Day 12 Saturday 7/18/09
Sandpoint, ID to Clark Fork, ID
508 total miles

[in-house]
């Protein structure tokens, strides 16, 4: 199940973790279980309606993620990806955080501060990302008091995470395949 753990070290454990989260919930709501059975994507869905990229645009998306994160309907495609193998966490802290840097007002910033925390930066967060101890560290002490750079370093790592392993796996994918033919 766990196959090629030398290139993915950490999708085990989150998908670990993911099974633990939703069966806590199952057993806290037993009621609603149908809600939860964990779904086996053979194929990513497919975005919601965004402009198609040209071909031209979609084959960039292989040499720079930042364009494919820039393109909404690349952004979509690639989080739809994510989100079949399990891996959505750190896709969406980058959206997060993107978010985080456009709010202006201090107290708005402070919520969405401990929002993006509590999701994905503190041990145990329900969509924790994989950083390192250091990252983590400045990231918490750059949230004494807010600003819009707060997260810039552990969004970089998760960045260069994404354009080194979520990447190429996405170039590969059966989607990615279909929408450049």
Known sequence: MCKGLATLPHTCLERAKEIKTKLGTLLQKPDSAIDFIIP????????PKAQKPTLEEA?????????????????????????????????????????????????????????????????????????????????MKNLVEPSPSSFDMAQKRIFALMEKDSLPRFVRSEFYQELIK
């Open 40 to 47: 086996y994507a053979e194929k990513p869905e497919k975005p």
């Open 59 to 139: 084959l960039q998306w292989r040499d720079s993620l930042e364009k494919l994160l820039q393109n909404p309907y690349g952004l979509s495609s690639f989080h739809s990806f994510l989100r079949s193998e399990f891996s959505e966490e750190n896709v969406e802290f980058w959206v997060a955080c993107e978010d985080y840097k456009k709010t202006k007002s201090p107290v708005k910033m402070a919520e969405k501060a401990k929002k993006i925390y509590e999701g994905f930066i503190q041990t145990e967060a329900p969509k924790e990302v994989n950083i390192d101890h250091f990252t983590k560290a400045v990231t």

It promises to be another hot one. I am still in the Motel 6, getting my courage up for the upcoming 3 days ride to Whitefish. It's 193 miles-- but will probably end up being more, as the Noxon campgraound today is another 5+ miles up the road past the Montana Rt. 56 turn-off at Heron. Yesterday was really hot and took a lot out of me. While the road grade wasn't bad, the traffic planning for bikes wasn't the best. There really is no great way from Hayden up to here other than US 95, a really busy highway which although has a speed limit of 65 is frequented by big trucks and cars speeding in excess of 80. The shoulder almost disappears for sections and the rumble strip cutouts sometimes take half of what's left of a 2 foot margin. In places there were construction zones and the orange barrels took over what was left of the shoulder-- I was fortunate to have about 5 miles of uninterrupted brand new pavement all to myself that hadn't yet been open to cars- it was a good solution to an otherwise dangerous section. I will be glad to get off that highway today! On the other hand there were some great sections as well, including the dedicaed pedestrian lanes across the long bridge across Pend Oreille into Sandpoint. I arrived late in the afternoon/early evening with the sun flashing on the lake out of the west-- very scenic place. Decided to splurge and tatke a motel for the night vs. Looking for a campground and riding in the dusk. It was a good choice, as I got cleaned up, and went across the street to a bar and grill that served up a great ahi steak. I met some nice people, including Tammy, a truck driver who is repurposing her career from running a canvas and awning business for 20+ years to a life on the road. She lives here in Ponderay, but enjoys the change of scenery and activity of the road after raising 3 children-- and she always has a beautiful place to return to when she is finished hauling a load. She also takes some marvelous photos which she showed me a few of-- images of nature, elk and mountains in Banff, and the Oregon coast, and of course, one of her Peterbilt truck! The ride from Sandpoint to Clark Fork along the north shore of Pend Oreille was breathtaking. The lake was formed during the ice age and a glacial ice dam formed, with a sheet almost a half a mile thick in places. The mountains to the east literally fall into the lake nearly 2000 feet. When the ice dam from the glaciers broke Glacial Missoula Lake fomred in the valleys to south and east covering thousands of square miles and causing massive torrents which carved out some of the dramatic canyon passages in the surrounding areas. Stopped for while along the way to watch an osprey fishing over the shallows of the eastern part of the lake. The remarkable bird patiently stalked his prey, hovering over the spot where a fish was near to the surface, then swooping and diving into the water in a big splash-- all talons and wings flapping. 3 attempts before finally success! Made it to Clark Fork and stumbled onto a restaurant called the Squeeze Inn which is run by a wonderfully colorful lady named Janet and her daughters. Made friends and had dinner with a couple of motorcycle tourists from Missoula who originally were friends who met at a bike shop they used to work at a few years back. Micah is a carpenter, and Garth is a math teacher at Loyola High School and Marine reservist. Both enjoy their bicycling as well as motorcycle touring so they were interested in my trip. One thing led to another and we learned that Janet also takes tent campers at her home just up the street, so we ended up having a delicious meal, (tonight's special was a Basque prix fixe menu with snapper, squid, tomato garlic soup, salad , crusty bread-- and if you had any room left, huckleberry ice cream) great conversation, all at an affordable price and a comfy place to pitch our tents and grab a hot shower. Our waitress was Janet's daughter, Tia, who is a very talentted young woman and who is headed to study opera at the San Francisco Conservatory of Music in the fall. As it turns out, she was also an applicant to the Leni Fe Bland Foundation annual music contest in Santa Barbara for young and promising talent-- which has a family connection for me, as Leni is the wife of my late grandfather Lee Fe Bland. Tia will apply again next year and we wish her great success.